The Bang Bang Club


There are films with the power to inspire us and the ability to expose us to worlds and things we have only read or heard of. The Bang Bang Club certainly seems to fit perfectly in this category as it showcases the life, work and struggles of famous War Photographers Greg Marinovich, Joao Silva, Kevin Carter and Ken Oosterbroek. I have only seen the trailer but can’t wait to watch it, hoping it serves as an accurate and honorable tribute to these amazing Photographers and their legacy.

The Bang Bang Club is the real life story of a group of four young combat photographers – Greg Marinovich, Joao Silva, Kevin Carter and Ken Oosterbroek – bonded by friendship and their sense of purpose to tell the truth.

They risked their lives to tell the world of the brutality and violence associated with the first free elections in post Apartheid South Africa in the early 90s. This intense political period brought out their best work (two won Pulitzers) but cost them a heavy price.

Based on the book of the same name by Marinovich and Silva, the film stars Ryan Phillippe, Malin Akerman and Taylor Kitsch and explores the thrill, danger and moral questions associated with exposing the truth.








The Bang Bang Club was produced & directed by South African filmmaker Steven Silver, of award-winning documentaries previously like Gerrie & Louise as well as Diameter of the Bomb and The Last Just Man. This is based on the real stories of these four photographers in South Africa as documented in Greg Marinovich’s book “The Bang-Bang Club: Snapshots from a Hidden War.” It first premiered at the Toronto International Film Festival last year. Tribeca Films will be bringing The Bang Bang Club to limited theaters April 22nd.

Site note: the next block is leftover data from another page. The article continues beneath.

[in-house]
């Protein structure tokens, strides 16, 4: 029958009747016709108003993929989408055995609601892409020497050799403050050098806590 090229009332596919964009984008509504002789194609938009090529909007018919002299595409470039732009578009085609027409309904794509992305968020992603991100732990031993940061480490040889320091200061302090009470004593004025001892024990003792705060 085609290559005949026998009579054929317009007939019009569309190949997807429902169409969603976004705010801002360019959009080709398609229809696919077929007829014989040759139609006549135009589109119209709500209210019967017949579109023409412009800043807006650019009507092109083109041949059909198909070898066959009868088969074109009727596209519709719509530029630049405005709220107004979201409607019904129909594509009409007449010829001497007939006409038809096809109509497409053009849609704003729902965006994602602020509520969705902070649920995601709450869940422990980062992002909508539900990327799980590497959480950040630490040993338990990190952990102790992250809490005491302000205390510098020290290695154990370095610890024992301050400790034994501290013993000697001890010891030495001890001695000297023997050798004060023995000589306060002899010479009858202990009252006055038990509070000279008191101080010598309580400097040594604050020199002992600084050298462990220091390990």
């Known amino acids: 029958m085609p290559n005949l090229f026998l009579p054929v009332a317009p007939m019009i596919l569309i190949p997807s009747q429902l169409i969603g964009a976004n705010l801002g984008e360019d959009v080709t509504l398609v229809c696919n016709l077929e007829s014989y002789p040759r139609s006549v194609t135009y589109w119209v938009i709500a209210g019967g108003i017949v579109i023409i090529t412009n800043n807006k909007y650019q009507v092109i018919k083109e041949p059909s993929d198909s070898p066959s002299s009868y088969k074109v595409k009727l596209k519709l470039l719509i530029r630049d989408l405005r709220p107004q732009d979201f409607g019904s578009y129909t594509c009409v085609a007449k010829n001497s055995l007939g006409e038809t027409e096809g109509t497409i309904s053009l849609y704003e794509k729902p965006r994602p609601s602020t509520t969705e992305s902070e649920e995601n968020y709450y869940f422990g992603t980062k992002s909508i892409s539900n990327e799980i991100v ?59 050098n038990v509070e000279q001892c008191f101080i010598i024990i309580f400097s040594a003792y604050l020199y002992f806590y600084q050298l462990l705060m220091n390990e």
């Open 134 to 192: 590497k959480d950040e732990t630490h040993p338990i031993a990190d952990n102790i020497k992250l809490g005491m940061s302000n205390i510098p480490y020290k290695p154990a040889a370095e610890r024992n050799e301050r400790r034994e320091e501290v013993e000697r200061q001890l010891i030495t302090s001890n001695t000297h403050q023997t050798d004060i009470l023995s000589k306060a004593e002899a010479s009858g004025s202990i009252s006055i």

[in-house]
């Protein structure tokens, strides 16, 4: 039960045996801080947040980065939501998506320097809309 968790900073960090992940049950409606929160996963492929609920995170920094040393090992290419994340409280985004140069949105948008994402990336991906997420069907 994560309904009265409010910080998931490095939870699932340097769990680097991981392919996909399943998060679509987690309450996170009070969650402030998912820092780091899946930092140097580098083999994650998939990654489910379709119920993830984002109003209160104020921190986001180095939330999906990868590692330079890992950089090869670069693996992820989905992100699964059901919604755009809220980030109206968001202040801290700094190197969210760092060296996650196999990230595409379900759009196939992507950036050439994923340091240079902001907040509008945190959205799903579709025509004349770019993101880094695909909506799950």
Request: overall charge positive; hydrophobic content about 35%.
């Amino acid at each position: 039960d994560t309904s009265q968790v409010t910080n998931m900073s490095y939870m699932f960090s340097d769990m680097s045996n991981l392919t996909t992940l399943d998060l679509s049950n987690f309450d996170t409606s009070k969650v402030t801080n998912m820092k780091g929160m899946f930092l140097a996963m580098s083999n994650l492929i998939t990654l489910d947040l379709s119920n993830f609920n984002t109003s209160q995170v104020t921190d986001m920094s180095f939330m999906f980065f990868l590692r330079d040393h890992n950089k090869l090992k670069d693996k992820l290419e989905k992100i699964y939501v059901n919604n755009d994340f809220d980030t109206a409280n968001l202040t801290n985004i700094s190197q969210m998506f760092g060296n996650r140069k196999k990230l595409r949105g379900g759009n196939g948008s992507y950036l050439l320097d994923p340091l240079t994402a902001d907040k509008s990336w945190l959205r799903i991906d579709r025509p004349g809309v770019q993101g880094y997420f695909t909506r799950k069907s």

So, you might not be familiar with these photographers by name, but I can guarantee you have seen their amazing work on magazines, books or the web. And just to give you a brief sample of their ‘work’ and the deep and emotional struggles these Photographers went through, here’s a photo that changed many lives and made history, shot by the late Kevin Carter. Kevin Carter suffered from extreme depression and committed suicide in 1994.


Check out the film’s official website for more information and I strongly suggest you read and share their blog.

One comment
  1. WOW! Can’t wait!

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